Specifications and Notation Guides for Unified Modeling Language (UML)

The UML has had plenty of updates in the past 10 years.  For the most part, it has been valuable to follow along as the spec moved from one version to another.  I've been following the spec since v0.8 or v.9 as I was working for Fidelity Investments in the early 90's and they were early adopters of the UML - my first UML class was taught by Grady Booch. 

UML 2 has some really good stuff in it.  It formalizes the region notation and timing tick marks people have been improvising on the sequence diagrams for years.  I also think the current thinking on using stereotypes is an improvement and moves us back to a more deliberate engineering notation and away from the UML becoming confused with clipart.  I also find the expanded component notation to be really good stuff - balls, sockets, ports, nested components, etc.

Still, it can be handy to revert back to older definitions of the standards.  You might do this for tool reasons.  A product claiming to "support" UML2 probably only does so partially and often is taking advantage of that UML2 preserves lots of UML1 notation.  Or you may be trying to make sense of the features that have worked their way in and out of the notation.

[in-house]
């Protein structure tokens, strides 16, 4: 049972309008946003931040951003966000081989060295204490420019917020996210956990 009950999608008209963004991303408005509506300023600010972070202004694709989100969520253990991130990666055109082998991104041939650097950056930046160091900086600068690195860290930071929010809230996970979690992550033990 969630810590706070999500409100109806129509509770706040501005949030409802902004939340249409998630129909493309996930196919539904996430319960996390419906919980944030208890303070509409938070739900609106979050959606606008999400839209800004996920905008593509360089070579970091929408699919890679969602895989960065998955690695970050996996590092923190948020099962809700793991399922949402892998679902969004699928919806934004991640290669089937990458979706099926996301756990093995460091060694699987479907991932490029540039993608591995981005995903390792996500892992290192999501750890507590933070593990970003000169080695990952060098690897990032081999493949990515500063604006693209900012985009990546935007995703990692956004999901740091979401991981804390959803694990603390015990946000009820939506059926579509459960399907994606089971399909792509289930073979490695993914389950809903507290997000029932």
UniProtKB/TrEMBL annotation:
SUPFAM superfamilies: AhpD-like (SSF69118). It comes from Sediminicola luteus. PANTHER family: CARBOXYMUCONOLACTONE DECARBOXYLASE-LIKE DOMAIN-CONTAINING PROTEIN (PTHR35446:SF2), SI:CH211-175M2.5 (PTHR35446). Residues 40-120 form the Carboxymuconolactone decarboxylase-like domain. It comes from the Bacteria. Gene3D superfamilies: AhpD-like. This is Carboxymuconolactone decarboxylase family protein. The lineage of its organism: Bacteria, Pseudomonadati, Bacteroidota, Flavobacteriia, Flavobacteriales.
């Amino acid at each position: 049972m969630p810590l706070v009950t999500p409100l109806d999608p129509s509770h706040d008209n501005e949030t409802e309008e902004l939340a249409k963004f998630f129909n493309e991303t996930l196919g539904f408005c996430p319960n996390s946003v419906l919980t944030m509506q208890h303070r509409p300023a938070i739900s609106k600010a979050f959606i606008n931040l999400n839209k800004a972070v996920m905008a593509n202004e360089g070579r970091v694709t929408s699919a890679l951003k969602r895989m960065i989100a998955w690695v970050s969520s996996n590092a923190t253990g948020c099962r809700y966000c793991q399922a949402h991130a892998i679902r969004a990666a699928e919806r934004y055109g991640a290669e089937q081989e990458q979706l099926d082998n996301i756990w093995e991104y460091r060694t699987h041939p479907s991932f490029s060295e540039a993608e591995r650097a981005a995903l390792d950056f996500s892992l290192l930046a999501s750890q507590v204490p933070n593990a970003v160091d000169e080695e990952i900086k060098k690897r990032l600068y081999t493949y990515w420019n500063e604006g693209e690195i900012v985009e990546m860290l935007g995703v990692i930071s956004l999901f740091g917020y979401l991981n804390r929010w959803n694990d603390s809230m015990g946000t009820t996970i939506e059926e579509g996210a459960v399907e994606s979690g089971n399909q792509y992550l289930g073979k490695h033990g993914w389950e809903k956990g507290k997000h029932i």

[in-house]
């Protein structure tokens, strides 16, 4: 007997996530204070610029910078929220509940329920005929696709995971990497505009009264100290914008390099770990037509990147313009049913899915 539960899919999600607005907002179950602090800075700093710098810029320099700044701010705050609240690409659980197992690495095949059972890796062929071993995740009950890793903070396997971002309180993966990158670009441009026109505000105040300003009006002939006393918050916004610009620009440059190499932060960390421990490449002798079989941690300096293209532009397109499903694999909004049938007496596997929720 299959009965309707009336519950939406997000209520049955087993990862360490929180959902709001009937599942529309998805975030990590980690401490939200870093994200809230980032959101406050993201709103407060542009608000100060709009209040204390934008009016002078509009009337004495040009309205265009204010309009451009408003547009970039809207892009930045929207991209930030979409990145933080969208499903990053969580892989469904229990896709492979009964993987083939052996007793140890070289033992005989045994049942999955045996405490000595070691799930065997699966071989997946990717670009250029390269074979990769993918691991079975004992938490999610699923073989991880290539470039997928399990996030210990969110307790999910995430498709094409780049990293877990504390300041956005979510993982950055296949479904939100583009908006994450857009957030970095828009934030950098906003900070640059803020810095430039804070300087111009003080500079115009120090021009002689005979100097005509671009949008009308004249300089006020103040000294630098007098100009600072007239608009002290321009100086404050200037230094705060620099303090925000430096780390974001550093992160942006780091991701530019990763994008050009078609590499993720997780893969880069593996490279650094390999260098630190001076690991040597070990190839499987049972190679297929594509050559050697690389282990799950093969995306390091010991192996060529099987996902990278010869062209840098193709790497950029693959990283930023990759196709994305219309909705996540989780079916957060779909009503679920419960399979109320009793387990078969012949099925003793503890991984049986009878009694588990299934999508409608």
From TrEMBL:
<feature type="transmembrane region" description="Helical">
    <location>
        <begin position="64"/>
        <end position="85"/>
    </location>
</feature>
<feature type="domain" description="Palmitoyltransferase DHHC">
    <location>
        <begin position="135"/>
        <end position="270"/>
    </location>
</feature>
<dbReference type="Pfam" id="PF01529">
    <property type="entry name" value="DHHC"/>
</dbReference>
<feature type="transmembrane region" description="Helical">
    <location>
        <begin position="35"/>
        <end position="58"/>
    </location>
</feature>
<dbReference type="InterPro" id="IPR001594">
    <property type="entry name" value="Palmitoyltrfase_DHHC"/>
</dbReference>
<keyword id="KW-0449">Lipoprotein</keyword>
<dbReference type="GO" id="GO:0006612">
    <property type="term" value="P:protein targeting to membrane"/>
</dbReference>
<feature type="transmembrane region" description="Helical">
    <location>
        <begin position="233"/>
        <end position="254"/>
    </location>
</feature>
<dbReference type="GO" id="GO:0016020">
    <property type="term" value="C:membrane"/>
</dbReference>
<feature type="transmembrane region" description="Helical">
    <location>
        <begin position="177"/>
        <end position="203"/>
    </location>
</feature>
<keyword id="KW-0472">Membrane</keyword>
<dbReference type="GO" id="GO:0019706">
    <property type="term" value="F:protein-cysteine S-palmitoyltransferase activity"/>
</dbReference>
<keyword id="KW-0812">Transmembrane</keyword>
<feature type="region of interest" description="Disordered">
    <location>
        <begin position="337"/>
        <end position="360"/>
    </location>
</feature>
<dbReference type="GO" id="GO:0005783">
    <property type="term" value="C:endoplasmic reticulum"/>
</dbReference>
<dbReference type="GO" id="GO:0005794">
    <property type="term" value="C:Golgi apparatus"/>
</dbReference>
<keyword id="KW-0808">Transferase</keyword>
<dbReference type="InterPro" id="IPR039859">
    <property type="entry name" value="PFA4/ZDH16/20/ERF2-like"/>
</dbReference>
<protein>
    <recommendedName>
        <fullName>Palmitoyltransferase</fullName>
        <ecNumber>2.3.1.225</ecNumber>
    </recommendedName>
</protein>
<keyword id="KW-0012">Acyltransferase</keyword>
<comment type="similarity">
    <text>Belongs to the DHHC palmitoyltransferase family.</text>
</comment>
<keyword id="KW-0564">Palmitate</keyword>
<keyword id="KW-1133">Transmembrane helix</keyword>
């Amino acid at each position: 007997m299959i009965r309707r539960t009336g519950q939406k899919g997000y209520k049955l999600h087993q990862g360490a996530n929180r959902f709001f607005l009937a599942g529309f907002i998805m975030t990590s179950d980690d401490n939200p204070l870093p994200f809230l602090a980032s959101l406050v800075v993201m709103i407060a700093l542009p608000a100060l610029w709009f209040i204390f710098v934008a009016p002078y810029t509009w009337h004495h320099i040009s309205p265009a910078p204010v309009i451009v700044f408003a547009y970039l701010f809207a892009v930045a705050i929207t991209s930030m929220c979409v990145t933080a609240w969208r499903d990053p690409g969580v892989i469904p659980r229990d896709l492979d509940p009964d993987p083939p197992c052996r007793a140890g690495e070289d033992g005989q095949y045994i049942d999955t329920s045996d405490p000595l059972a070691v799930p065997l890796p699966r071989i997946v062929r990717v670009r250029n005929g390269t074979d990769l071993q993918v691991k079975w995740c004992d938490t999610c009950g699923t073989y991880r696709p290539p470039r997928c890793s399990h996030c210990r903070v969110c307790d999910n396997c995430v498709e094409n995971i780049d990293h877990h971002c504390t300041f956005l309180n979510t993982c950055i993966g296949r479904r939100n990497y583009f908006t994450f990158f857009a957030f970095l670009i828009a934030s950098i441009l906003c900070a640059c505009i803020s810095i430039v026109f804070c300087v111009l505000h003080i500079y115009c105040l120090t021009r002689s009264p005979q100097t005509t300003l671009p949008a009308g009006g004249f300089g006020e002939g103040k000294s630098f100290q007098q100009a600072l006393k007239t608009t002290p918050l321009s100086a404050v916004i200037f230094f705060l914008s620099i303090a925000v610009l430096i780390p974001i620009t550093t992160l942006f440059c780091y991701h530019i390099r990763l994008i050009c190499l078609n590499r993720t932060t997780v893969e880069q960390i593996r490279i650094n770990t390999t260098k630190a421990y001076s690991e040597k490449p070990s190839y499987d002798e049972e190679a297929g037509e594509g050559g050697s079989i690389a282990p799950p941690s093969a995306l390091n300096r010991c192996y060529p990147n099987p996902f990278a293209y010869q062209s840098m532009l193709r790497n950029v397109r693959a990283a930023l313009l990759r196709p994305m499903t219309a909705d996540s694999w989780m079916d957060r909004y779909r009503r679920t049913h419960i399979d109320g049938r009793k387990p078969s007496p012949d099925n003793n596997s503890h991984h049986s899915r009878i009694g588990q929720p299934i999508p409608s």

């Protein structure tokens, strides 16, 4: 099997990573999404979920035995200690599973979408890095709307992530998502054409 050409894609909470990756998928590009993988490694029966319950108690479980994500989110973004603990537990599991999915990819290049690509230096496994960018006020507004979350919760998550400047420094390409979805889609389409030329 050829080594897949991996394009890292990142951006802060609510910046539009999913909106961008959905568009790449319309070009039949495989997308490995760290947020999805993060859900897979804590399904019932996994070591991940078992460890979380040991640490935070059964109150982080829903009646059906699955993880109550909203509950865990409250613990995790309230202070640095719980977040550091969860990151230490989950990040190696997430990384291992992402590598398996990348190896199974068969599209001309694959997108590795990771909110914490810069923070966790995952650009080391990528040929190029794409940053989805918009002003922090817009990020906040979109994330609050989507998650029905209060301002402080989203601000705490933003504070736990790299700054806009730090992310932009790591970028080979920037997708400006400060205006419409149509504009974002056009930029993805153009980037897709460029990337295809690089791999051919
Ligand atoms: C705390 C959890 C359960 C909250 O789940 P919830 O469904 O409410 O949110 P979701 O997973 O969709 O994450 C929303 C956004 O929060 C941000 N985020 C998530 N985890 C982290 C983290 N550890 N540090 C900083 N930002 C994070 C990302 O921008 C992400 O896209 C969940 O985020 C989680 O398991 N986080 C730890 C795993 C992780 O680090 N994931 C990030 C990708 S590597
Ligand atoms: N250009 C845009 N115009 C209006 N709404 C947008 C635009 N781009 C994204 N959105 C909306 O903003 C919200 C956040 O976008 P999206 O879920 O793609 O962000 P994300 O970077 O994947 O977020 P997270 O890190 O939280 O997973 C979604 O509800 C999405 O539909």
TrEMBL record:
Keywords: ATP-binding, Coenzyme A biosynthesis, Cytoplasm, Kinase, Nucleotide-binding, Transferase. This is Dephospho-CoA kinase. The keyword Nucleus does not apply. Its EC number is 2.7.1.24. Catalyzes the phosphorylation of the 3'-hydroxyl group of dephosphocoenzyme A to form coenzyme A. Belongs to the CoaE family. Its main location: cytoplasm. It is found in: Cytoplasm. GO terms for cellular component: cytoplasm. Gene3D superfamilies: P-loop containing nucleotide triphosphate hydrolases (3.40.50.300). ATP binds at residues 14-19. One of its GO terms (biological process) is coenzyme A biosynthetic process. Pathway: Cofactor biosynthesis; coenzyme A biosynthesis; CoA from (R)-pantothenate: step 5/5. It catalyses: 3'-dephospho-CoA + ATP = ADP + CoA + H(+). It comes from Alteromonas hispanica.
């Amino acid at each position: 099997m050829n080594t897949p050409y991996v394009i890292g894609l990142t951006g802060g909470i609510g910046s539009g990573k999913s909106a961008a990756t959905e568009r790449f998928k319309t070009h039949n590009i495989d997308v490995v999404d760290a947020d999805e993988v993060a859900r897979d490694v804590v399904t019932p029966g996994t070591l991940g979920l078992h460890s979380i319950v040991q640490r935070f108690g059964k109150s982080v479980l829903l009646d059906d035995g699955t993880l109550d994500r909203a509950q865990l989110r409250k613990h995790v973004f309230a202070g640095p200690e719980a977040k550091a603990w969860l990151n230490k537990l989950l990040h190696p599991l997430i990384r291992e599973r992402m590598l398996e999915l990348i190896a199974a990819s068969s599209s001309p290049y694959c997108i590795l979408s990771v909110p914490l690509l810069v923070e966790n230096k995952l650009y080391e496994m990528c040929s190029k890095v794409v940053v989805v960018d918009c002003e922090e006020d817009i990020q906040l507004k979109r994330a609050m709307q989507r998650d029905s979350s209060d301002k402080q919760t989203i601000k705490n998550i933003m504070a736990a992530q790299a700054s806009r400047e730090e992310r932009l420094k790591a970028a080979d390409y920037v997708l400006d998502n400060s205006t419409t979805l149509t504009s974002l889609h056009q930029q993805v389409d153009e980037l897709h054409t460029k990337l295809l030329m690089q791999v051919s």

Whatever the reason, I like to keep some of that older UML material handy. Most of this material can be found with a little bit of effort by searching the OMG website but I also keep copies handy in the UML section of my personal website - copies of past and current UML specs are available there.

- Brian

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